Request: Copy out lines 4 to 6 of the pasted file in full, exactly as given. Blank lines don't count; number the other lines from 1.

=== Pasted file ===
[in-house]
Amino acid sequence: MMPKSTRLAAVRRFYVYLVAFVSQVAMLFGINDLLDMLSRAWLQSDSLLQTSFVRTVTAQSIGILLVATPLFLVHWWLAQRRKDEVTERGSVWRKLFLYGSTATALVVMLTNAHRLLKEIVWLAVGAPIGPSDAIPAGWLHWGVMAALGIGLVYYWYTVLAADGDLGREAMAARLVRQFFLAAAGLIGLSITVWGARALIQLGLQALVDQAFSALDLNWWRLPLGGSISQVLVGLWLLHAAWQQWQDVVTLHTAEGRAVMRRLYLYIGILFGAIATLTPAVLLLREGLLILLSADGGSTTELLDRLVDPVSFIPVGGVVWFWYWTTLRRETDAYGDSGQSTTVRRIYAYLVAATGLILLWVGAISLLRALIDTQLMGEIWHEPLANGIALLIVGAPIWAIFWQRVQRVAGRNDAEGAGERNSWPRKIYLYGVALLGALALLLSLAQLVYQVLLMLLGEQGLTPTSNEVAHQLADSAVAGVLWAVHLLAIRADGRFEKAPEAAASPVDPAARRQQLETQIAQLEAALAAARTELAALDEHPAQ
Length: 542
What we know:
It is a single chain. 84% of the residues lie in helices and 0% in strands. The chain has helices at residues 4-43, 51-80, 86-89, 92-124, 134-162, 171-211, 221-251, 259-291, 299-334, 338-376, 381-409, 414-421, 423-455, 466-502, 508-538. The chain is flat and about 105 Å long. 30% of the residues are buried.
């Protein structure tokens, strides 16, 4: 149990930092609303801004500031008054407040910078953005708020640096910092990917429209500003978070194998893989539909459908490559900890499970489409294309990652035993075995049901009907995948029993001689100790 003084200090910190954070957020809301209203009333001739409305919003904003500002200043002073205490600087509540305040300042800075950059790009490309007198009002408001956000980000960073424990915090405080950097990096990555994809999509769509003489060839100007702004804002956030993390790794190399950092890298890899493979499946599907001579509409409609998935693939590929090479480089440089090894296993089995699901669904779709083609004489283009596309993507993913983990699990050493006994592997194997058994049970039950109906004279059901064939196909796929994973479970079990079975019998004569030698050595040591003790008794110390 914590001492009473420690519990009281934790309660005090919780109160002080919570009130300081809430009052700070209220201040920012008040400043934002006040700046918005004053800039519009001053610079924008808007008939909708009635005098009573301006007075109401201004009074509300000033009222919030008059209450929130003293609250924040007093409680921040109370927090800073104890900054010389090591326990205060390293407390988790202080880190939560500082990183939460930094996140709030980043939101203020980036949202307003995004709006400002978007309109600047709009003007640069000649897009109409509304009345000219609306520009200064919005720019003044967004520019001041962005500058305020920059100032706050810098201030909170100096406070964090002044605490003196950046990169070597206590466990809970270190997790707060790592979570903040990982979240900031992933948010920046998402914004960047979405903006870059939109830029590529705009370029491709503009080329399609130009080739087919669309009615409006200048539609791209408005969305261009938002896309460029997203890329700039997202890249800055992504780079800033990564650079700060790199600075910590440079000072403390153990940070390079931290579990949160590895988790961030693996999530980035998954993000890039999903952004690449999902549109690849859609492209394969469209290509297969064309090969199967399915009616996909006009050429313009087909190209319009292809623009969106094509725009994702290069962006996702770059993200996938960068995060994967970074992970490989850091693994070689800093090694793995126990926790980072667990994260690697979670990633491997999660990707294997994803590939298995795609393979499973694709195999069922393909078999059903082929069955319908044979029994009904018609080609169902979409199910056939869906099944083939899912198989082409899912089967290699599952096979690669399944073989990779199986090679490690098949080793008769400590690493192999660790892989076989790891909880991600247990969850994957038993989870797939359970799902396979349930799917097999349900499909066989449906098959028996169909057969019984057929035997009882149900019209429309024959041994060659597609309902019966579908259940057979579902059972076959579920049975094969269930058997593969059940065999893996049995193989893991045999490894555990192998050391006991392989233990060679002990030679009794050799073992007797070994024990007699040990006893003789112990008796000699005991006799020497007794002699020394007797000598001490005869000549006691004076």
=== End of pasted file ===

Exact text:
What we know:
It is a single chain. 84% of the residues lie in helices and 0% in strands. The chain has helices at residues 4-43, 51-80, 86-89, 92-124, 134-162, 171-211, 221-251, 259-291, 299-334, 338-376, 381-409, 414-421, 423-455, 466-502, 508-538. The chain is flat and about 105 Å long. 30% of the residues are buried.
């Protein structure tokens, strides 16, 4: 149990930092609303801004500031008054407040910078953005708020640096910092990917429209500003978070194998893989539909459908490559900890499970489409294309990652035993075995049901009907995948029993001689100790 003084200090910190954070957020809301209203009333001739409305919003904003500002200043002073205490600087509540305040300042800075950059790009490309007198009002408001956000980000960073424990915090405080950097990096990555994809999509769509003489060839100007702004804002956030993390790794190399950092890298890899493979499946599907001579509409409609998935693939590929090479480089440089090894296993089995699901669904779709083609004489283009596309993507993913983990699990050493006994592997194997058994049970039950109906004279059901064939196909796929994973479970079990079975019998004569030698050595040591003790008794110390 914590001492009473420690519990009281934790309660005090919780109160002080919570009130300081809430009052700070209220201040920012008040400043934002006040700046918005004053800039519009001053610079924008808007008939909708009635005098009573301006007075109401201004009074509300000033009222919030008059209450929130003293609250924040007093409680921040109370927090800073104890900054010389090591326990205060390293407390988790202080880190939560500082990183939460930094996140709030980043939101203020980036949202307003995004709006400002978007309109600047709009003007640069000649897009109409509304009345000219609306520009200064919005720019003044967004520019001041962005500058305020920059100032706050810098201030909170100096406070964090002044605490003196950046990169070597206590466990809970270190997790707060790592979570903040990982979240900031992933948010920046998402914004960047979405903006870059939109830029590529705009370029491709503009080329399609130009080739087919669309009615409006200048539609791209408005969305261009938002896309460029997203890329700039997202890249800055992504780079800033990564650079700060790199600075910590440079000072403390153990940070390079931290579990949160590895988790961030693996999530980035998954993000890039999903952004690449999902549109690849859609492209394969469209290509297969064309090969199967399915009616996909006009050429313009087909190209319009292809623009969106094509725009994702290069962006996702770059993200996938960068995060994967970074992970490989850091693994070689800093090694793995126990926790980072667990994260690697979670990633491997999660990707294997994803590939298995795609393979499973694709195999069922393909078999059903082929069955319908044979029994009904018609080609169902979409199910056939869906099944083939899912198989082409899912089967290699599952096979690669399944073989990779199986090679490690098949080793008769400590690493192999660790892989076989790891909880991600247990969850994957038993989870797939359970799902396979349930799917097999349900499909066989449906098959028996169909057969019984057929035997009882149900019209429309024959041994060659597609309902019966579908259940057979579902059972076959579920049975094969269930058997593969059940065999893996049995193989893991045999490894555990192998050391006991392989233990060679002990030679009794050799073992007797070994024990007699040990006893003789112990008796000699005991006799020497007794002699020394007797000598001490005869000549006691004076």